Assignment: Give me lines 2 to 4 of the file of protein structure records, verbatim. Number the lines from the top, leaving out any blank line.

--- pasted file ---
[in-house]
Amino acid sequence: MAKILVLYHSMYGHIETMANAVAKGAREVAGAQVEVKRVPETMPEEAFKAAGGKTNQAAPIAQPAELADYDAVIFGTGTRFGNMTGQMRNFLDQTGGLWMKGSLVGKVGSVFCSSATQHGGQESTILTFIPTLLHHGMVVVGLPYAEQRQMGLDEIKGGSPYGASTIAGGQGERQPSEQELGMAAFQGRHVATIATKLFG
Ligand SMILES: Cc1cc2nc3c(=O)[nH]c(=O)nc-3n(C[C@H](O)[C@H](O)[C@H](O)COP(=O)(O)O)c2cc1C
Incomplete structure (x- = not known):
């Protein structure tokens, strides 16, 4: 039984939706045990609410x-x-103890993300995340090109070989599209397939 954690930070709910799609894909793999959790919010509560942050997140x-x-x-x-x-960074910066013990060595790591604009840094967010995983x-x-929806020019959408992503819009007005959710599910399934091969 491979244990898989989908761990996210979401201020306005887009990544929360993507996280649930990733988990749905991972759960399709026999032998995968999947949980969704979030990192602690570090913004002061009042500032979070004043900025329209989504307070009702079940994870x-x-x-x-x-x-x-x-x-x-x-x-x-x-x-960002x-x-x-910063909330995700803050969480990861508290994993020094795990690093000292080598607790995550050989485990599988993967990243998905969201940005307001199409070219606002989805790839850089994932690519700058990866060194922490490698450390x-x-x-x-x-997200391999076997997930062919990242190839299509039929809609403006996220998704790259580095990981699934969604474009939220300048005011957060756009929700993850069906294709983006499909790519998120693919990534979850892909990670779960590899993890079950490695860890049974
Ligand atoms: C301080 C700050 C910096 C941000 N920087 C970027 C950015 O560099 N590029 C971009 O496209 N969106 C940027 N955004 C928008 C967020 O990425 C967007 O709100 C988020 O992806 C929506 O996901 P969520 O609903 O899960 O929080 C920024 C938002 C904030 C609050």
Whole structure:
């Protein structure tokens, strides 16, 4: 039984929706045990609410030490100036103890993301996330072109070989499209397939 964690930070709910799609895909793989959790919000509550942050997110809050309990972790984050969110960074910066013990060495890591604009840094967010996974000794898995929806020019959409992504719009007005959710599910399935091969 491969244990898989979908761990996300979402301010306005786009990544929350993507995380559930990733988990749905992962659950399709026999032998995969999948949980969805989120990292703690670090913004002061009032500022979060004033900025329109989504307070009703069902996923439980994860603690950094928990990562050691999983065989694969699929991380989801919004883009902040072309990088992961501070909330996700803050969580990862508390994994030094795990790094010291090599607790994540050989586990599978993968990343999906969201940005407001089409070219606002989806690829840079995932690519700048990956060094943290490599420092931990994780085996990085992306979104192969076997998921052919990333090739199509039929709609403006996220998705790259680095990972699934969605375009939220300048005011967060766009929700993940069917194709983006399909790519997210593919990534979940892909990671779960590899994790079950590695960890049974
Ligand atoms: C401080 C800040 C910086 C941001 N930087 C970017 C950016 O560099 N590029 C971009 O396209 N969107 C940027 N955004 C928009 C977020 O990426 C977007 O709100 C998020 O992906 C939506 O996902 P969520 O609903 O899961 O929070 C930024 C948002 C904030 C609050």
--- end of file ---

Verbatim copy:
Amino acid sequence: MAKILVLYHSMYGHIETMANAVAKGAREVAGAQVEVKRVPETMPEEAFKAAGGKTNQAAPIAQPAELADYDAVIFGTGTRFGNMTGQMRNFLDQTGGLWMKGSLVGKVGSVFCSSATQHGGQESTILTFIPTLLHHGMVVVGLPYAEQRQMGLDEIKGGSPYGASTIAGGQGERQPSEQELGMAAFQGRHVATIATKLFG
Ligand SMILES: Cc1cc2nc3c(=O)[nH]c(=O)nc-3n(C[C@H](O)[C@H](O)[C@H](O)COP(=O)(O)O)c2cc1C
Incomplete structure (x- = not known):